Last additions
wk433-20190414-3-32-48.jpg
Jul 01, 2019
wk432-20190414-3-32-12.jpg
Jul 01, 2019
wk431-20190414-3-29-32.jpg
The last race is the main attraction when the "Eight" is held with eight collegiate rowers on each boat racing on the river upstream for 3,750 meters. Waseda is the yellow boat, and Keio is dark blue.
Jul 01, 2019
wk442-20190414-4734.jpg
Jul 01, 2019
wk441-20190414-4727.jpg
Jul 01, 2019
wk440-20190414-4719.jpg
Waseda and Keio are also fierce rivals in other sports like baseball, soccer, and rugbJul 01, 2019
wk439-20190414-4690.jpg
Keio's cheerleaders. Jul 01, 2019
wk438-20190414-4686.jpg
Jul 01, 2019
wk437-20190414-4680.jpg
The winning crew acknowledge cheers from the crowd.Jul 01, 2019
wk436-20190414-4671.jpg
Waseda cheerleaders saying "Otsukare!" (Good job!)Jul 01, 2019
wk435-20190414-4646.jpg
Waseda's cox (who controls the rudder) raising his arms in victory. They were crying, knowing how much pride and honor they have bestowed to their school.Jul 01, 2019
wk434-20190414-4634.jpg
After 12 min. 49.64 sec., Waseda squeaked by Keio to win. Here they are after winning. Jul 01, 2019
wk430-20190414-4624.jpg
The cheering section had a large video monitor showing the status of the two boats with 8 crew each. People here were cheering loudly non-stop during the entire race.Jul 01, 2019
wk429-20190414-4620.jpg
For last and main race of the day, Waseda and Keio's best collegiate rowers raced 3,750 meters upstream on Sumida River. Both cheering sections got very loud. (This is Waseda which also has male cheerleaders.)
Jul 01, 2019
wk428-20190414-4582.jpg
The finish line was at Sakura Bridge near Asakusa. Elderly alumni spectators on Sakura Bridge sang the school song spontaneously. Jul 01, 2019
wk427-20190414-4562.jpg
Jul 01, 2019
wk426-20190414-4552.jpg
Jul 01, 2019
wk425-20190414-4546.jpg
Jul 01, 2019
wk424-20190414-4544.jpg
Jul 01, 2019
wk423-20190414-4541.jpg
Jul 01, 2019
wk422-20190414-4538.jpg
Jul 01, 2019
wk421-20190414-4530.jpg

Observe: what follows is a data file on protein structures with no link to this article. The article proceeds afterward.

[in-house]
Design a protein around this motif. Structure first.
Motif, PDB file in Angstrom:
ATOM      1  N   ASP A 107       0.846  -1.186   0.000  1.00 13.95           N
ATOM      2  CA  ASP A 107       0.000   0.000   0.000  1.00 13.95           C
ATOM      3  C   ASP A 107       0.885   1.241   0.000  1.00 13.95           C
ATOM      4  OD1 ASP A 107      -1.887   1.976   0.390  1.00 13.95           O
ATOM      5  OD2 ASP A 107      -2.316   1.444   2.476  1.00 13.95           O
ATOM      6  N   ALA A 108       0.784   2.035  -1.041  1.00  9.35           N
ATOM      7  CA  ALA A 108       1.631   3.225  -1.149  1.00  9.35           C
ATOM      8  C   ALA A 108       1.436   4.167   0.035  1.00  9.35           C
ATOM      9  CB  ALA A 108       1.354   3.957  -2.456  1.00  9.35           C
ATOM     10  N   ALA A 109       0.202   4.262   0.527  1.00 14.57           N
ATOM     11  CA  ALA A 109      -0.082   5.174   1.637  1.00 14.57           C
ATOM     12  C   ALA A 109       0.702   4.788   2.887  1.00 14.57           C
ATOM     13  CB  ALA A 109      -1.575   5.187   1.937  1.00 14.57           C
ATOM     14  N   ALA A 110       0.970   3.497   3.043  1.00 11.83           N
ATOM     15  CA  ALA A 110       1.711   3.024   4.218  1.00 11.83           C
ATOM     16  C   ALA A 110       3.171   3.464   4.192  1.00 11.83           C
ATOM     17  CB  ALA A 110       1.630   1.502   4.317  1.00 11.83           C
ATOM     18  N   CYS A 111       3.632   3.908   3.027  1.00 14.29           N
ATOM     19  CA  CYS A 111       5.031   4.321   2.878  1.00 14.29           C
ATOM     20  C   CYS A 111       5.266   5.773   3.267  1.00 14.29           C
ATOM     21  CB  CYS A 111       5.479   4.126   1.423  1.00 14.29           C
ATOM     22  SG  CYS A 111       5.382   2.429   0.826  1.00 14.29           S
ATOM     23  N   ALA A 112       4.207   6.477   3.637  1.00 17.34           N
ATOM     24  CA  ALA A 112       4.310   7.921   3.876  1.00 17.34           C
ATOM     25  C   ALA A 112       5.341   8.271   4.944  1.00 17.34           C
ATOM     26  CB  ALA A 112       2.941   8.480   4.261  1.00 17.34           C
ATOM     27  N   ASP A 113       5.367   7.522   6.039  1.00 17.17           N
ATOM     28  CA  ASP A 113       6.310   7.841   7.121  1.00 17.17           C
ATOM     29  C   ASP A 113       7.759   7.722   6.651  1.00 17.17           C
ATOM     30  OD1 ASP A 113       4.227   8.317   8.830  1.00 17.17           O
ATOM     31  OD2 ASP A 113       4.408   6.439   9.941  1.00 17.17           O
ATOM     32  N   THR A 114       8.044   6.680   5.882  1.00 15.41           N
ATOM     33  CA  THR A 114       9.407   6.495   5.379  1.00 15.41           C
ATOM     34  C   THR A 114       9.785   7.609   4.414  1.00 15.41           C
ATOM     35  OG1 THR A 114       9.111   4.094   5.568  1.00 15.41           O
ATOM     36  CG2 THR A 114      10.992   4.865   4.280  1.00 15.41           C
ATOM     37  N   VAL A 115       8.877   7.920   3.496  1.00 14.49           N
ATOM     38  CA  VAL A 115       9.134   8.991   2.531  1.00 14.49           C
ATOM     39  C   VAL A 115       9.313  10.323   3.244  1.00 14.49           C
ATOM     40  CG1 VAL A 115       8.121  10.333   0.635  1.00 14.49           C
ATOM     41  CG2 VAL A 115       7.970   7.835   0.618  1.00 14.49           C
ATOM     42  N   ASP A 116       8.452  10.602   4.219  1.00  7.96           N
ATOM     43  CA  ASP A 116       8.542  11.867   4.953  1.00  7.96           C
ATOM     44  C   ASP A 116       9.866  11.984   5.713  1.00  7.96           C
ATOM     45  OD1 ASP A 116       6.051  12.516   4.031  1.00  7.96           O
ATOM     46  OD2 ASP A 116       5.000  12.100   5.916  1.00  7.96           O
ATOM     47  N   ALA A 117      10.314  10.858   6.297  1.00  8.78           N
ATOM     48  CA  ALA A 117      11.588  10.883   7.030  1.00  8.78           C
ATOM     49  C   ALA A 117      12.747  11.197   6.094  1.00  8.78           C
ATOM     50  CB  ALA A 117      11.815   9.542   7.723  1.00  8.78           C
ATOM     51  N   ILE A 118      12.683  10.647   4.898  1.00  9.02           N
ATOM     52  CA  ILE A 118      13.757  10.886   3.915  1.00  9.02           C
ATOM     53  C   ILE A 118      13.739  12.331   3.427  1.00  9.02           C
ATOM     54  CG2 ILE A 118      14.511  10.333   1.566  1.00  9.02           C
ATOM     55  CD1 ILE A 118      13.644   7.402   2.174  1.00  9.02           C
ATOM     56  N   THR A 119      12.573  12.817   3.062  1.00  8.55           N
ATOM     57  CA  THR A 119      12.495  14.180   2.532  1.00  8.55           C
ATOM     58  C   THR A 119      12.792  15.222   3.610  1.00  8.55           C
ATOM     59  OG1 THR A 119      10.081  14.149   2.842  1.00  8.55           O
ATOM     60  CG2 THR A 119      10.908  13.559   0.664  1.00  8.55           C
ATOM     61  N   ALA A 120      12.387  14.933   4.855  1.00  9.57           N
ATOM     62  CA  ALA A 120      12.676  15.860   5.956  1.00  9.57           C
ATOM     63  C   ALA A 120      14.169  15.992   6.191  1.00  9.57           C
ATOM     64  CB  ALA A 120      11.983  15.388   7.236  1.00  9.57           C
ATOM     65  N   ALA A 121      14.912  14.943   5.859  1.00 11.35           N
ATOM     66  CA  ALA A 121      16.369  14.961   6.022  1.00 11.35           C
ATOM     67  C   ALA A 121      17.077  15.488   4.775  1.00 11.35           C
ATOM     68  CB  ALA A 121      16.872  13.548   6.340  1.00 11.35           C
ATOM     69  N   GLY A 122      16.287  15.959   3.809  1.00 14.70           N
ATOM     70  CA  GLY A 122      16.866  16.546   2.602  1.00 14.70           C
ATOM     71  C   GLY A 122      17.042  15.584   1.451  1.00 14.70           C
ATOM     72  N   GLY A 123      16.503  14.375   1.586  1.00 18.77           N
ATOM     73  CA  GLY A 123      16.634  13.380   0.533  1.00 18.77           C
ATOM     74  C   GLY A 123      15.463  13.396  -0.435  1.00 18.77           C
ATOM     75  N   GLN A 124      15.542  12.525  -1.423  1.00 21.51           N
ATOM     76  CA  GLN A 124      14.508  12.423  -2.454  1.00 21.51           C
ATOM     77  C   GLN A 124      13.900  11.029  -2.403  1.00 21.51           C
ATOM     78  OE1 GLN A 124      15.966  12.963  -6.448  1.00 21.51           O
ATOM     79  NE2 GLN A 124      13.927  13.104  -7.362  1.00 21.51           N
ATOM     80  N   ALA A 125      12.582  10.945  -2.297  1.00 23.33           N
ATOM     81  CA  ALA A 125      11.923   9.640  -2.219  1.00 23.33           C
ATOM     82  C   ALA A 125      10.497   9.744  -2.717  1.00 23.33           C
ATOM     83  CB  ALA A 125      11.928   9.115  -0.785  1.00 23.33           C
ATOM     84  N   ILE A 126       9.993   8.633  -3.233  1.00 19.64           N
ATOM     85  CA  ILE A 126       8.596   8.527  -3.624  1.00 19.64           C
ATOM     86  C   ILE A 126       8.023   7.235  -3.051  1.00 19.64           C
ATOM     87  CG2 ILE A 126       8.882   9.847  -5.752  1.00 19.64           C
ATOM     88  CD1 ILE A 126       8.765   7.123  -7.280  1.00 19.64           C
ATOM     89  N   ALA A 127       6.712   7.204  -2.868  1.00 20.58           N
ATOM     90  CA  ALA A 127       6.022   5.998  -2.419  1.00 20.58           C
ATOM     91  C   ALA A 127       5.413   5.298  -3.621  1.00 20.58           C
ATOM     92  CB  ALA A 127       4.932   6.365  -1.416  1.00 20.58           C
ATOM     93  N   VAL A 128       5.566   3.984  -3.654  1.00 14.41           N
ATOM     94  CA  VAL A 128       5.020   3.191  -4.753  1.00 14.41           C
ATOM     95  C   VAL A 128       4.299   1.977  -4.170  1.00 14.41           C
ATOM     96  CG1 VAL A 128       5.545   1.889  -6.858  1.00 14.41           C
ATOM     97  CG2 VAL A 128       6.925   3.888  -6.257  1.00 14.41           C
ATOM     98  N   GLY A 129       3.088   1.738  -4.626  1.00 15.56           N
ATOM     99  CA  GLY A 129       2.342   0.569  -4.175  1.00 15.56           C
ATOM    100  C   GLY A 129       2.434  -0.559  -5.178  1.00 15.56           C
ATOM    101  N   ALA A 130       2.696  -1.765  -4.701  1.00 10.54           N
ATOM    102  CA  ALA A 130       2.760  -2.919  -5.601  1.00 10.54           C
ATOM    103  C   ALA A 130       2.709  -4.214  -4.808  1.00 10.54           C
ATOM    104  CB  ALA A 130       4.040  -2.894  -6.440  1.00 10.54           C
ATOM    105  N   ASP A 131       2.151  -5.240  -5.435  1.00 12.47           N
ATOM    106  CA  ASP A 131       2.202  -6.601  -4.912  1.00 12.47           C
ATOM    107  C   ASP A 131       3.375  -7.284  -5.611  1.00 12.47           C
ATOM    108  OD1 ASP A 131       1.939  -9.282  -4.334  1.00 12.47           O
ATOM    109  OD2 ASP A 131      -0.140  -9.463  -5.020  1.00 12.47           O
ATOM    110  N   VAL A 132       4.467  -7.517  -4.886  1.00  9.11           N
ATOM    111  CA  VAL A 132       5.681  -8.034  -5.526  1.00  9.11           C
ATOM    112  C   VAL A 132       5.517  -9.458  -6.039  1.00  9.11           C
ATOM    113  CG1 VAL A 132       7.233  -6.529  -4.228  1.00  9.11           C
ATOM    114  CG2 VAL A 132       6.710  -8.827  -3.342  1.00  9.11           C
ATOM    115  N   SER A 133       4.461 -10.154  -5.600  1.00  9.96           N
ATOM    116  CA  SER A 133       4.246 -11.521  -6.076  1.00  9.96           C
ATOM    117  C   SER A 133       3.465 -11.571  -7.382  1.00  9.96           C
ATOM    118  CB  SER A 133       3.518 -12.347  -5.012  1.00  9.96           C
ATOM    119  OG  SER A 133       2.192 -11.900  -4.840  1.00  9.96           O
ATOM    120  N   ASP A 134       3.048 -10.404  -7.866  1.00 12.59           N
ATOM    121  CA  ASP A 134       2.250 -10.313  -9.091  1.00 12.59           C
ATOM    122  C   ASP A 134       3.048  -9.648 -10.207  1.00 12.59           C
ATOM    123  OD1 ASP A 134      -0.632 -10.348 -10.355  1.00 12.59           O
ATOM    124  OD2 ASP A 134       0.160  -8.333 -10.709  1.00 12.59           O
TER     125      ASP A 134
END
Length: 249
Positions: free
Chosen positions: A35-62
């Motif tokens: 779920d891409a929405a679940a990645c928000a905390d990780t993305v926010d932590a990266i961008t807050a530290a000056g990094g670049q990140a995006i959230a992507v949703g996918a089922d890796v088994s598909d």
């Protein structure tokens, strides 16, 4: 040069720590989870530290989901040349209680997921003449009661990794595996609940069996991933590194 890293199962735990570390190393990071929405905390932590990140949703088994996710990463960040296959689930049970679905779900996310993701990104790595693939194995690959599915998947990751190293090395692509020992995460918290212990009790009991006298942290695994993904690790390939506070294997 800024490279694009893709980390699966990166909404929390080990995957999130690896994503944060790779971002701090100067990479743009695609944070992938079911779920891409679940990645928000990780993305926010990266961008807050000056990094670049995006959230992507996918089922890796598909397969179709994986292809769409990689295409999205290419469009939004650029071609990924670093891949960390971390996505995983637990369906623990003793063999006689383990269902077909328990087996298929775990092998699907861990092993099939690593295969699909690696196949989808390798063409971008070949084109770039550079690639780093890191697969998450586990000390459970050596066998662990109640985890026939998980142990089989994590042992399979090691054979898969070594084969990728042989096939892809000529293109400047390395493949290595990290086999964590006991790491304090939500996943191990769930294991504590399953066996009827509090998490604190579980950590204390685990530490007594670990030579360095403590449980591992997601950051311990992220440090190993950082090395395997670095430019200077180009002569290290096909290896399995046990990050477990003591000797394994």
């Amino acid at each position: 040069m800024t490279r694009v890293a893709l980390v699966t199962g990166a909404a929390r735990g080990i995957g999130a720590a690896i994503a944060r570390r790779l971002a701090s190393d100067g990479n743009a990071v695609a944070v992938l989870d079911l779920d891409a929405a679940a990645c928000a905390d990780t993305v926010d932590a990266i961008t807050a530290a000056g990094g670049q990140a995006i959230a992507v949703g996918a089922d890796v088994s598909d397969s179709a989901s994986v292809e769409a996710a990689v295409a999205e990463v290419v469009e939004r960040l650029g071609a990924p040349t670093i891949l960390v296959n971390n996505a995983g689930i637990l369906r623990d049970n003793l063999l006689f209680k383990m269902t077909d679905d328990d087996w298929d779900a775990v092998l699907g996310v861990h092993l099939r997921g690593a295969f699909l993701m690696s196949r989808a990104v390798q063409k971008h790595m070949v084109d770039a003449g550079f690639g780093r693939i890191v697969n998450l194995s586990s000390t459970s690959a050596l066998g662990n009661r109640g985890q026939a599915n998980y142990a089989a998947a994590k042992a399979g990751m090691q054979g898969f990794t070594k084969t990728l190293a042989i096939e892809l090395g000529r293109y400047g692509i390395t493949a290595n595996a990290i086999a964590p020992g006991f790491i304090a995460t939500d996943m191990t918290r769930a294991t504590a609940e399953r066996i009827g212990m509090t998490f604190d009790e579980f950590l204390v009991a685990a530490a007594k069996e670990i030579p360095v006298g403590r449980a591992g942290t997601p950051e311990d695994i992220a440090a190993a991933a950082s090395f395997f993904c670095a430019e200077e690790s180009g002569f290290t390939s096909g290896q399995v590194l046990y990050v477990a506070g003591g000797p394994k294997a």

Jul 01, 2019
wk420-20190414-4528.jpg
Jul 01, 2019
wk419-20190414-4523.jpg
Jul 01, 2019
wk418-20190414-4506.jpg
In Japan, rowing is still a niche sport and not a popular spectator sport. It doesn't get much national press coverage. These are alumni rowers.Jul 01, 2019
wk417-20190414-4484.jpg
Jul 01, 2019
wk416-20190414-4471.jpg
Jul 01, 2019
wk415-20190414-4381.jpg
Jul 01, 2019
wk414-20190414-4444.jpg
Jul 01, 2019
wk413-20190414-4575.jpg
Jul 01, 2019
wk412-20190414-4369.jpg
Jul 01, 2019
wk411-20190414-4388.jpg
Jul 01, 2019
wk410-20190414-4467.jpg
Jul 01, 2019
wk409-20190414-4461.jpg
Waseda's cheer squad performed in front of Keio, and vice versa. Jul 01, 2019
wk408-20190414-4457.jpg
Next to Sakura Bridge was the main cheering section for both Waseda (left) and Keio on the right. Surprised to see them sitting together, but it later made sense.Jul 01, 2019
wk407-20190414-4373.jpg
Jul 01, 2019
wk406-20190414-4414.jpg
Jul 01, 2019
wk405-20190414-4412.jpg
Jul 01, 2019
wk404-20190414-4383.jpg
Jul 01, 2019
wk403-20190414-4392.jpg
Jul 01, 2019
wk402-20190414-4437.jpg
Saw the Waseda-Keio Regatta for the first time on April 14, 2019. It lasts almost all day with numerous men's and women's rowing categories and age groups ranging from jr. high school to senior citizen alumni rowers.Jul 01, 2019
wk401-20190414-4408.jpg
Waseda-Keio Regatta is Japan's most famous collegiate rival regatta, similar to Oxford vs. Cambridge (The Boat Race) in the UK. Waseda and Keio (pronounced "Kay-oh") in Tokyo are two of Japan's most prestigious private universities and a few of their rowers make it to Japan's Olympic rowing team. Jul 01, 2019
wk400-20190414-4723.jpg
Tokyo Skytree is the backdrop for Sumida River, Tokyo's most famous and storied river. This part of the river is near Asakusa. In mid-April, longtime rivals Waseda University and Keio University hold their annual Sokei Regatta (早慶レガッタ).Sokei Regatta (早慶レガッタ) is the Waseda-Keio Regatta held here on Sumida River. (At Keio University, it's usually called the "Keio-Waseda Regatta.")Jul 01, 2019
za539-20190505-3282.jpg
Jul 01, 2019
za538-20190505-3312.jpg
Jul 01, 2019
za537-20190505-3313.jpg
Jul 01, 2019
za536-20190505-3457o.jpg
Jul 01, 2019
za535-20190505-3456.jpg
Jul 01, 2019
za534-20190505-3439i.jpg
Jul 01, 2019
za533-20190505-3439h.jpg
Jul 01, 2019
za532-20190505-3439f.jpg
Jul 01, 2019
za531-20190505-3439e.jpg
Jul 01, 2019
za530-20190505-3439d.jpg
Jul 01, 2019
za529-20190505-3439c.jpg
Jul 01, 2019
za528-20190505-3413.jpg
Jul 01, 2019
za527-20190505-3390.jpg
Jul 01, 2019
za526-20190505-3383.jpg
Jul 01, 2019
za525-20190505-3397.jpg
Jul 01, 2019
za524-20190505-3279.jpg
Jul 01, 2019
za523-20190505-3273.jpg
Jul 01, 2019
za522-20190505-3268.jpg
Jul 01, 2019